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U.S. Defense Department deny four states waiver from military ballot law

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August 28, 2010

By Kyle Maichle

WASHINGTON, D.C.: The U.S. Department of Defense denied waivers to four states from complying with the Military and Overseas Voter Empowerment (MOVE) Act on August 27, 2010.[1]

Wisconsin, Hawaii, Alaska, Colorado, the U.S. Virgin Islands, and the District of Columbia were denied one-time hardship waivers for the 2010 election.[1] Washington, Massachusetts, Delaware, New York State, and Rhode Island had their waiver requests approved.[1] Maryland originally applied for a waiver, but later withdrew its request before the Defense Department made its decision.[2]

Colorado Secretary of State Bernie Buescher said that the state applied for a waiver because he wanted to ensure accuracy in the state's elections process. As a result of being denied, Buscher has ordered all county clerks to comply with the 45 day requirement for sending out military and overseas ballots.[1] Rich Coolidge, a spokesman for Buescher, blamed Colorado’s late primary election date and ballot initiative deadlines as a reason for non-compliance during an interview with the Associated Press.[3]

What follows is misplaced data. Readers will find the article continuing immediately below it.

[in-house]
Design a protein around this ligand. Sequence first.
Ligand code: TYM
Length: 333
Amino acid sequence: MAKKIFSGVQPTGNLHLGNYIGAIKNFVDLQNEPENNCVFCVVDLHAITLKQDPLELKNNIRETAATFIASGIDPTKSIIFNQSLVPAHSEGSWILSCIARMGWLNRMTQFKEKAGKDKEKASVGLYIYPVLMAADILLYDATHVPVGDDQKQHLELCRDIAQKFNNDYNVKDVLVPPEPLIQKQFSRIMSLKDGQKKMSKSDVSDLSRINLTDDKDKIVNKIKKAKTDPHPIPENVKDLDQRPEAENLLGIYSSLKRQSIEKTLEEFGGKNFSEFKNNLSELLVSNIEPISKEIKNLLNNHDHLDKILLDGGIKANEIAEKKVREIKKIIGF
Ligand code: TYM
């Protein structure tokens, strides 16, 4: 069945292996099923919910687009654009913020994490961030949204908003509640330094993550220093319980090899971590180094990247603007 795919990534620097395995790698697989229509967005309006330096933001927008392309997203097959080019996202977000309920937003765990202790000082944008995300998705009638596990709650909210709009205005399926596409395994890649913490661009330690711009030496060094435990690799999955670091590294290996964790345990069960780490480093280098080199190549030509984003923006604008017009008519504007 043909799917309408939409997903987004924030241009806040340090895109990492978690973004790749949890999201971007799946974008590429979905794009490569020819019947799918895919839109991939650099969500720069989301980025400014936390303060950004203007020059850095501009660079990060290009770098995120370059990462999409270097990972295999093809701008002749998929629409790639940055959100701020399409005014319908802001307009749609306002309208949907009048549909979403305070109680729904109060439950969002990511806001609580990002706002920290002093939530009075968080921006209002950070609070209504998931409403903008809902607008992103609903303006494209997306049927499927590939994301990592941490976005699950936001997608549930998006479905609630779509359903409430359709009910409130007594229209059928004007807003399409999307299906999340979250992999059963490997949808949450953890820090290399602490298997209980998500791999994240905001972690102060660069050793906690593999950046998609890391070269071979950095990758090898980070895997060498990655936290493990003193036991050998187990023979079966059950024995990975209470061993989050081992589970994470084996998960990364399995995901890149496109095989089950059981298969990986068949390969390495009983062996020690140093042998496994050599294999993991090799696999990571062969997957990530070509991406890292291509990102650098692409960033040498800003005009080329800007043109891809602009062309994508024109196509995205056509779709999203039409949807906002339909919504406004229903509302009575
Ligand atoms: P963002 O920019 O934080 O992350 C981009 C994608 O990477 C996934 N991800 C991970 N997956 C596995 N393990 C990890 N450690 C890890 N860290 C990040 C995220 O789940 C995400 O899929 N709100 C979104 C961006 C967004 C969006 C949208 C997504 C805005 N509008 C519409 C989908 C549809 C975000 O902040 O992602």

Kevin Kennedy, Legal Counsel for the Wisconsin Government Accountability Board, said that Wisconsin will not change its primary election date of September 14, 2010 as a result of being denied. Wisconsin, along with other states applying for waivers, claimed that there was not enough time after their scheduled primary elections to send out ballots by the September 18, 2010 deadline.[1]

A U.S. Justice Department spokesperson said that they would work with the states to ensure compliance with the MOVE Act. Attorneys for the Department would file lawsuits against any state that does not voluntarily comply with the law.[1]

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